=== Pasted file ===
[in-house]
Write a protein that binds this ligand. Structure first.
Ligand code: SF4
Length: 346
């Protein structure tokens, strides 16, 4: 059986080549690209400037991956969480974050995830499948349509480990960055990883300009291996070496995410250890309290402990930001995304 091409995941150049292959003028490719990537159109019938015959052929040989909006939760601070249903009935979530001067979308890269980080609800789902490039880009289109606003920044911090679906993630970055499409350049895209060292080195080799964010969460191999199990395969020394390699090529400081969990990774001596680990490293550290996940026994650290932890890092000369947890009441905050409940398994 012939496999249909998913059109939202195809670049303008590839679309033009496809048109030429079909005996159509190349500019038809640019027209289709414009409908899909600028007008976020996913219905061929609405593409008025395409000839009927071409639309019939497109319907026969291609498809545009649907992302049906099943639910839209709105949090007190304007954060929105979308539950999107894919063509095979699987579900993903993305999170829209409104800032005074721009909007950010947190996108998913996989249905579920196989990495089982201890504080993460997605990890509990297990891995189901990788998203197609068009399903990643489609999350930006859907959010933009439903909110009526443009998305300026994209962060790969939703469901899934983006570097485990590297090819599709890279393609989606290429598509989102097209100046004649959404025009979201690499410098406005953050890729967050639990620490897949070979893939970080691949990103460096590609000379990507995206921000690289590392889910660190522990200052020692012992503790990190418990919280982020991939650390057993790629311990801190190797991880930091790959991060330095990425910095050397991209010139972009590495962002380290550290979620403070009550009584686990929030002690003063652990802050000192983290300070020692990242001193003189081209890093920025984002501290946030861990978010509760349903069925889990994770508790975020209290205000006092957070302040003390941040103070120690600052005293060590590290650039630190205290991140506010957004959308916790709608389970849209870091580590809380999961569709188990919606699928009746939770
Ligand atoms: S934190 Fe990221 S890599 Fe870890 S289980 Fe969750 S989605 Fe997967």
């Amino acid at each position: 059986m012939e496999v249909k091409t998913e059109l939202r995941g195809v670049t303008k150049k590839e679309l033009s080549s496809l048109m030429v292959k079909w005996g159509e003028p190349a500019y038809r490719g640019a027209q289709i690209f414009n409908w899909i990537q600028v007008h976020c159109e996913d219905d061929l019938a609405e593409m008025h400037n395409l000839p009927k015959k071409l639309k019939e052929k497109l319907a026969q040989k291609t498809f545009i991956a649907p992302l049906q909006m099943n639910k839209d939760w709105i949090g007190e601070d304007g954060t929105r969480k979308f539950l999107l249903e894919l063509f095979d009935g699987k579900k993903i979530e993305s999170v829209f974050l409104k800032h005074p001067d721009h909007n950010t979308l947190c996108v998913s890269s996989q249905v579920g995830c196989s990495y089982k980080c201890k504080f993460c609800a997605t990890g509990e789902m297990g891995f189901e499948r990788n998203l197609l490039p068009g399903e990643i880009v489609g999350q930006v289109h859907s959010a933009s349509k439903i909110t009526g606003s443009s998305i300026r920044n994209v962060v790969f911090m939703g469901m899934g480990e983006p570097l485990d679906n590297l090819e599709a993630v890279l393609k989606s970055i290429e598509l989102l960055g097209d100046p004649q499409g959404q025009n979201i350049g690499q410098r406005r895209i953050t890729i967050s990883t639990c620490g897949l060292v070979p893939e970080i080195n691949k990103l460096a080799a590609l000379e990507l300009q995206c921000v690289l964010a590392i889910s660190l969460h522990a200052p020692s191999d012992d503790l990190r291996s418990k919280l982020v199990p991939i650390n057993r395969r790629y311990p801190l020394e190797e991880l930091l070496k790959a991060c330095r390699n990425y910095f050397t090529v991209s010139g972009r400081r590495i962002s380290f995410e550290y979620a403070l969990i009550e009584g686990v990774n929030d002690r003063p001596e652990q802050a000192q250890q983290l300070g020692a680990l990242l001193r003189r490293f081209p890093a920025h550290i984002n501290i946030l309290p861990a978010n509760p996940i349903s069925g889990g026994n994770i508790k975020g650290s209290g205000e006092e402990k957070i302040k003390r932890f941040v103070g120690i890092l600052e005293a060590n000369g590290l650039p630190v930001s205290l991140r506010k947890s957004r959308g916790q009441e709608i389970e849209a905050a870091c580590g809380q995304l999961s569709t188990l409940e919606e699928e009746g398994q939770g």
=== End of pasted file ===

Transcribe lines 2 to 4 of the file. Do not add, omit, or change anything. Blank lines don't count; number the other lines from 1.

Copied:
Write a protein that binds this ligand. Structure first.
Ligand code: SF4
Length: 346